The middle weekend of Glasgow Fair, being also the weekend of the Glasgow River Festival and the annual Lifeboat Day at Tighnabruaich, turned out to be a very busy period for the paddler. On the Friday, the popular daytime cruise to Rothesay was followed by a very successful and enjoyable evening cruise with over 700 passengers aboard. Next day, the first day of the River Festival, Waverley departed from her base at the Glasgow Science Centre on her normal Saturday sailing to Tighnabruaich. The very low level of the tide was notable and it was amazing to see that the River Kelvin, where the paddler had first entered the water in 1946, was almost totally dried out. At Greenock the paddler met up with the huge modern cruise vessel Crown Princess which had arrived at the Ocean Terminal earlier that morning
Crown Princess at Greenock Ocean Terminal as viewed from Waverley on her outward sailing.
After further good passenger pick ups at Greenock and Helensburgh Waverley arrived at Dunoon with over 800 passengers on board. Even though there was a significant disembarkation of passengers at the popular resort there was also a very impressive queue of joining passengers including a big party of ‘Stone Age People’ such that the paddler left for Rothesay with around 790 on board.
Fred Flinstone and Barny Rubble join the paddler at Dunoon
Waverley arrived at Tighnabruaich when the annual Lifeboat Day was in full swing. An ever popular feature of the event, staged to raise funds for the local Royal National Lifeboat Institution, is the raft race from the lifeboat station to the pier, timed to conclude just as the paddler arrived. Captain Andy O’Brian of the Waverley presented the prizes to the winners of the various levels of the competition, a nice gesture much appreciated by the people of the Kyles of Bute communities.Waverley provides a fitting traditional backdrop for the Tighnabruaich Lifeboat Day raft race. The Duck Raft was winner of one of the categories. Waverley Steam and PSPS members are always keen to support this event and its quest to raise funds for the local RNLI station
The year 2009 marks the 50th Anniversary of the foundation of the Paddle Steamer Preservation Society (and coincidentally the 40th Anniversary of the Scottish Branch) so it was great to have the Founder of the Society, Professor Alan Robinson, aboard Waverley on the Clyde at this significant time in the Society’s proud history. In the picture below Professor Robinson is enjoying the summer sunshine at Tighnabruaich just prior to the paddler’s departure for the return voyage.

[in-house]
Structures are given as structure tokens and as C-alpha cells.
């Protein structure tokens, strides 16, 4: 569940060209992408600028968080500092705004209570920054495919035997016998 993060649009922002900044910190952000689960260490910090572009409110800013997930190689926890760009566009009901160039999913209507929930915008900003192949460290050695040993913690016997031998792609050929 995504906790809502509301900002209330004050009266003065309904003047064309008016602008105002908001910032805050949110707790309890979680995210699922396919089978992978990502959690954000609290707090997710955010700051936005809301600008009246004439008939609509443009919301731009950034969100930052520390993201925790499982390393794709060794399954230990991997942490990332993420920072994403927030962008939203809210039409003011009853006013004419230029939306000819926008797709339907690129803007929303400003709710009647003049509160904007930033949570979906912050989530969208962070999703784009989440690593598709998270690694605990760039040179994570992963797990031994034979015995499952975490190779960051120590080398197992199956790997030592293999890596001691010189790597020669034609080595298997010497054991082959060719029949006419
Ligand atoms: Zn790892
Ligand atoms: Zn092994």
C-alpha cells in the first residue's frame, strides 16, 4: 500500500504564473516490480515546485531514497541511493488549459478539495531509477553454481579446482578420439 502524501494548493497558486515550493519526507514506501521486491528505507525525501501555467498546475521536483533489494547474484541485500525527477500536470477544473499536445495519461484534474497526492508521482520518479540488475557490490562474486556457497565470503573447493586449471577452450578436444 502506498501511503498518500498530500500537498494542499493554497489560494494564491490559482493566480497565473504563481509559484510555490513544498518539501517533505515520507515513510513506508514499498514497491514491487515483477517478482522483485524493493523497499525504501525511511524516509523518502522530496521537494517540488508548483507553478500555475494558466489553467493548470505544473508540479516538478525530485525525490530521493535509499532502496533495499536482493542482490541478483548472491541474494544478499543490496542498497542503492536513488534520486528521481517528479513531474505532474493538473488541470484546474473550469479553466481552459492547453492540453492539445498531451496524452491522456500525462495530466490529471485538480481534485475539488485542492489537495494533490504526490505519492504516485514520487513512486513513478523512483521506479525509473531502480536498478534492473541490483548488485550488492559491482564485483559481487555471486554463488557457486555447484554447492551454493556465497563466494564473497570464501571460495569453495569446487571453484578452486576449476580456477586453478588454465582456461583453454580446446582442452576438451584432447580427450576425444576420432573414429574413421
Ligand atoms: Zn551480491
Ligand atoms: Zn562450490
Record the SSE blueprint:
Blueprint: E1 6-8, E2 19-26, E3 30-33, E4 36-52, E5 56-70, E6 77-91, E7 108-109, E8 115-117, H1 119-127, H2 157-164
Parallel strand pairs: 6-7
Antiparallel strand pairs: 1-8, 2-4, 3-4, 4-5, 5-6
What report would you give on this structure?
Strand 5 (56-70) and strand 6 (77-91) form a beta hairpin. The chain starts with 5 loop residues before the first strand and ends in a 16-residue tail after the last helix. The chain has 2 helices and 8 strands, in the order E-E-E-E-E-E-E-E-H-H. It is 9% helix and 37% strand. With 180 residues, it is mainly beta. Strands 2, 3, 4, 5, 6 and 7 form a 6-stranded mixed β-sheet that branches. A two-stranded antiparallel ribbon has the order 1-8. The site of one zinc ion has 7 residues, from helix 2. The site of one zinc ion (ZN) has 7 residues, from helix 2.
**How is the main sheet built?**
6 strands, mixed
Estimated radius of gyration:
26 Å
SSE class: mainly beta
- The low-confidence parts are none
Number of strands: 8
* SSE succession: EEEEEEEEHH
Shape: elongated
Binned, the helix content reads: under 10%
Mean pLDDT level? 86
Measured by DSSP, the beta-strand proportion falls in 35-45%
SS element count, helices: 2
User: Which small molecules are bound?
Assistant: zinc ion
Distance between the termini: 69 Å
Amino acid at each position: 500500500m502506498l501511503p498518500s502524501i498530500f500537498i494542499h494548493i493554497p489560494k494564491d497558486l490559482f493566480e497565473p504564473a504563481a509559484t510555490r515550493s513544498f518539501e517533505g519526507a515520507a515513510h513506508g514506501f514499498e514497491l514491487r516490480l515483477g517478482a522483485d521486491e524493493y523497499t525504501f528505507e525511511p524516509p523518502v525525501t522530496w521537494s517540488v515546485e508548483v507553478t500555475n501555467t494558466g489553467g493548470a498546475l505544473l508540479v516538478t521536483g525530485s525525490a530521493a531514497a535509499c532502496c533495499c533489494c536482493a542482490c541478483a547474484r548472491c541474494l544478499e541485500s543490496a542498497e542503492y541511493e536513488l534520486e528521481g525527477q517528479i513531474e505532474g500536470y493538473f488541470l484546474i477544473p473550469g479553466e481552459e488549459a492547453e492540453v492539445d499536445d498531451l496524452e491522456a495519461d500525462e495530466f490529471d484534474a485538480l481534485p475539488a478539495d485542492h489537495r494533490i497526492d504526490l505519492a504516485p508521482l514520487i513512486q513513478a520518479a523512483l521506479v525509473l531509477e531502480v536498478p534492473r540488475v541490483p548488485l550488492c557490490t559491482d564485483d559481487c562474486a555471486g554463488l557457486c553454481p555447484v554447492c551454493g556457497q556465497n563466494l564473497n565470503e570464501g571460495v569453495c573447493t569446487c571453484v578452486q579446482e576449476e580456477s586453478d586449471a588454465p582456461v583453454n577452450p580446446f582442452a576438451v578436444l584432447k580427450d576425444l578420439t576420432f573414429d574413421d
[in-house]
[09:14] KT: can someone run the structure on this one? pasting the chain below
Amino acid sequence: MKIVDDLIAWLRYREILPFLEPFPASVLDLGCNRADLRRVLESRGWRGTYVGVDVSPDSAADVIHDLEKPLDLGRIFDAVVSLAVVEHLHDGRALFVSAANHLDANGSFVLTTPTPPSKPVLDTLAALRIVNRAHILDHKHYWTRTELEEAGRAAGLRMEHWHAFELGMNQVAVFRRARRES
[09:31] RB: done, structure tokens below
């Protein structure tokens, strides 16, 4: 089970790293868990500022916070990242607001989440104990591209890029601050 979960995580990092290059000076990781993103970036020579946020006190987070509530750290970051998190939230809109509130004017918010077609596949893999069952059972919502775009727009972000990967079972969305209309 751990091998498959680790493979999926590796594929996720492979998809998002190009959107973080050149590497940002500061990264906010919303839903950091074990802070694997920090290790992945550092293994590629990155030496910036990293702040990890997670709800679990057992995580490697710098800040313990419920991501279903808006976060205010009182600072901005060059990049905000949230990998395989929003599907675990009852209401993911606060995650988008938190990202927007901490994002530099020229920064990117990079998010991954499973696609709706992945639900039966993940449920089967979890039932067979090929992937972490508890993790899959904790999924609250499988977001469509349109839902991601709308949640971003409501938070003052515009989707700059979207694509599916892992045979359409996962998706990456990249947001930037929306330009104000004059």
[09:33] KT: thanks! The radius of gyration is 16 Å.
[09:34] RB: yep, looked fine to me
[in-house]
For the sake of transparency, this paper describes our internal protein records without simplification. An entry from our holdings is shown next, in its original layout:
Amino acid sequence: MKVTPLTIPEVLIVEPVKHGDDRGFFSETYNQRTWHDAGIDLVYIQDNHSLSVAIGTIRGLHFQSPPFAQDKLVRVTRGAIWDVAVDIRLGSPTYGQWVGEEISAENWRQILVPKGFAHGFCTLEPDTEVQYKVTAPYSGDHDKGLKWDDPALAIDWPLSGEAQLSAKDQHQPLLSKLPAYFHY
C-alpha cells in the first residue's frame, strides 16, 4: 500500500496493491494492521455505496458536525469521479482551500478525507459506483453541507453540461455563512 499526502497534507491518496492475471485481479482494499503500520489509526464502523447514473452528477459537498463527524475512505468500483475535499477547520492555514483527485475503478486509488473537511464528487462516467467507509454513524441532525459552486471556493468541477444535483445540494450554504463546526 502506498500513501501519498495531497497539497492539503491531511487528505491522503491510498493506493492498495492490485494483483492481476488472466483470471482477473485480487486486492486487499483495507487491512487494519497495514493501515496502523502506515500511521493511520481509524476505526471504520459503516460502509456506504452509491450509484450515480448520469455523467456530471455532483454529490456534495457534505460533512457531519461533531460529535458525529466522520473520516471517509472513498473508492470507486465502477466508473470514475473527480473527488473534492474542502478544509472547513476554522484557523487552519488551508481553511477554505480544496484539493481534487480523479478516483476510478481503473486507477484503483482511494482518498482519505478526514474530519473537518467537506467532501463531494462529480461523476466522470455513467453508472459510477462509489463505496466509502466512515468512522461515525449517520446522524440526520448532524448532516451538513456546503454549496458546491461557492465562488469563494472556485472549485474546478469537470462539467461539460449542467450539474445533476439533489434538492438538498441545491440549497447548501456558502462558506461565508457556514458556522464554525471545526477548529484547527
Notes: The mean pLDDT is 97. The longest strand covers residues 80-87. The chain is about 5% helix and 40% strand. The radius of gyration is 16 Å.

Two viewa of Waverley at Tighnabruaich on Lifeboat Day when the tide was very high - in stark contrast to the previous week when the the water's edge was just behind the pierhead
Yhe heavy passenger loadings combined with both outbound and inbound passages on the river being against a strong tidal condition resulted in the paddler running slightly late on the run back up to Glasgow. This resulted in Waverley arriving back at Greenock just as the Crown Princess was due to depart and the two vessels exchanged salutes with blasts on their whistles.
Viewed from Waverley, Crown Princess departs from Greenock Ocean Terminal
A more distant view of the departing Crown Princess about to round Cloch Point, from Waverley off Port Glasgow
As Waverley departed Greenock, the ship enthusiasts aboard had a chance for a quick look at Clyde Marine’s new passenger catamaran Clyde Clipper, which had only arrived from her builders on the Bristol Channel earlier that day. Some reflected on the reversal of roles. In the heyday of passenger ship sailings on the Channel many of the steamers employed on the sailings between England and Wales and out to Lundy were built in some of the famous Clyde shipyards. Now the latest passenger vessel for service on the Clyde was built in the Bristol Channel. It is believed that Clyde Clipper will enter service on the Clyde in the near future. Her arrival also marks the departure of two venerable vessels from the Greenock-based fleet – mv Kenilworth (originally one of the ‘Hotspur’ ferries on Southampton Water) and mv The Second Snark, a notable vessel in maritime history being constructed by the world renowned Dumbarton shipbuilders William Denny & Bros. After serving as her builder’s yard tender and tug, The Second Snark had played a significant role in the development of the famous Denny Brown ships stabilisers. After the closure of Denny’s in the 1960s the vessel had spent several years on the Forth, owned by Brown Brothers of the Rosebank Foundry in Edinburgh. That firm’s founder, Andrew Brown, had been a pioneer in the development of the hydraulic ship steering system, a classic example of which can still be found in operation on Waverley. Although the Rosebank Foundry is no longer in existence, Brown Brothers still operate as part of Rolls Royce Marine’s division at Dunfermline in Fife. The products still include stabiliser systems and aircraft carrier steam catapults, another of the firm’s inventions.
The newest Clyde passenger vessel, Clyde Marine's Clyde Clipper on her first day at her new 'home', Greenock Victoria Harbour.